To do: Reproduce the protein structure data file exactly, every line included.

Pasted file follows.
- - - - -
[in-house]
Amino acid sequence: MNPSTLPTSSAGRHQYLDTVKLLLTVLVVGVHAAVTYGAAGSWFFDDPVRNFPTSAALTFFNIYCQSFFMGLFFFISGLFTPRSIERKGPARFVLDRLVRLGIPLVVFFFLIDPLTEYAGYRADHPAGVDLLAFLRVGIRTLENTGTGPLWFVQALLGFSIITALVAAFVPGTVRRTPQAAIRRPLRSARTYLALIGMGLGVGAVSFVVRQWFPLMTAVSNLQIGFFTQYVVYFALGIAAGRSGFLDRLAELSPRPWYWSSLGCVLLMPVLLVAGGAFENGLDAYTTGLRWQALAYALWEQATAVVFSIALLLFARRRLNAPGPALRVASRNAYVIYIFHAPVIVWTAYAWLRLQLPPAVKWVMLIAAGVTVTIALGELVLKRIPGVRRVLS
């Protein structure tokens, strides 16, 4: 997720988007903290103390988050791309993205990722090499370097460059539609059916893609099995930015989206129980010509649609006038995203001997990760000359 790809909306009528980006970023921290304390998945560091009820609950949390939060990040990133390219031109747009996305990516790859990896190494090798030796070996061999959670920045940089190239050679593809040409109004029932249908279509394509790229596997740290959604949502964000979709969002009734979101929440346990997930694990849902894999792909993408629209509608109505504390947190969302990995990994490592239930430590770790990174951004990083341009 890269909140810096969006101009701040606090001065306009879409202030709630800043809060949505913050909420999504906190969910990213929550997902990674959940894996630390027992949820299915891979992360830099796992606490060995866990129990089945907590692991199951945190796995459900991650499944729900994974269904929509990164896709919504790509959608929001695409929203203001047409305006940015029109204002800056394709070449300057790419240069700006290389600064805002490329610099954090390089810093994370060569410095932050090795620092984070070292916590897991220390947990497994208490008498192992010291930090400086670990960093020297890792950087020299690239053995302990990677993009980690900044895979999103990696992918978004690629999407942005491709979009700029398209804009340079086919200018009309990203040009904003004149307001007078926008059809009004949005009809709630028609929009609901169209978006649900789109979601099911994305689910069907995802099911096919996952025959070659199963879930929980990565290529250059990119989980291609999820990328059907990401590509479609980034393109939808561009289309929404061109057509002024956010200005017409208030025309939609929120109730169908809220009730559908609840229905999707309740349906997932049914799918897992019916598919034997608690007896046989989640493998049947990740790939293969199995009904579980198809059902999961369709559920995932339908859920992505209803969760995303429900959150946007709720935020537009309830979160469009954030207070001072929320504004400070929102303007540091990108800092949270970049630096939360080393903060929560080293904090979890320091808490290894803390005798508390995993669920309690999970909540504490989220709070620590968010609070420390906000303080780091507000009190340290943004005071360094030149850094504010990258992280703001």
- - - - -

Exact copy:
[in-house]
Amino acid sequence: MNPSTLPTSSAGRHQYLDTVKLLLTVLVVGVHAAVTYGAAGSWFFDDPVRNFPTSAALTFFNIYCQSFFMGLFFFISGLFTPRSIERKGPARFVLDRLVRLGIPLVVFFFLIDPLTEYAGYRADHPAGVDLLAFLRVGIRTLENTGTGPLWFVQALLGFSIITALVAAFVPGTVRRTPQAAIRRPLRSARTYLALIGMGLGVGAVSFVVRQWFPLMTAVSNLQIGFFTQYVVYFALGIAAGRSGFLDRLAELSPRPWYWSSLGCVLLMPVLLVAGGAFENGLDAYTTGLRWQALAYALWEQATAVVFSIALLLFARRRLNAPGPALRVASRNAYVIYIFHAPVIVWTAYAWLRLQLPPAVKWVMLIAAGVTVTIALGELVLKRIPGVRRVLS
């Protein structure tokens, strides 16, 4: 997720988007903290103390988050791309993205990722090499370097460059539609059916893609099995930015989206129980010509649609006038995203001997990760000359 790809909306009528980006970023921290304390998945560091009820609950949390939060990040990133390219031109747009996305990516790859990896190494090798030796070996061999959670920045940089190239050679593809040409109004029932249908279509394509790229596997740290959604949502964000979709969002009734979101929440346990997930694990849902894999792909993408629209509608109505504390947190969302990995990994490592239930430590770790990174951004990083341009 890269909140810096969006101009701040606090001065306009879409202030709630800043809060949505913050909420999504906190969910990213929550997902990674959940894996630390027992949820299915891979992360830099796992606490060995866990129990089945907590692991199951945190796995459900991650499944729900994974269904929509990164896709919504790509959608929001695409929203203001047409305006940015029109204002800056394709070449300057790419240069700006290389600064805002490329610099954090390089810093994370060569410095932050090795620092984070070292916590897991220390947990497994208490008498192992010291930090400086670990960093020297890792950087020299690239053995302990990677993009980690900044895979999103990696992918978004690629999407942005491709979009700029398209804009340079086919200018009309990203040009904003004149307001007078926008059809009004949005009809709630028609929009609901169209978006649900789109979601099911994305689910069907995802099911096919996952025959070659199963879930929980990565290529250059990119989980291609999820990328059907990401590509479609980034393109939808561009289309929404061109057509002024956010200005017409208030025309939609929120109730169908809220009730559908609840229905999707309740349906997932049914799918897992019916598919034997608690007896046989989640493998049947990740790939293969199995009904579980198809059902999961369709559920995932339908859920992505209803969760995303429900959150946007709720935020537009309830979160469009954030207070001072929320504004400070929102303007540091990108800092949270970049630096939360080393903060929560080293904090979890320091808490290894803390005798508390995993669920309690999970909540504490989220709070620590968010609070420390906000303080780091507000009190340290943004005071360094030149850094504010990258992280703001």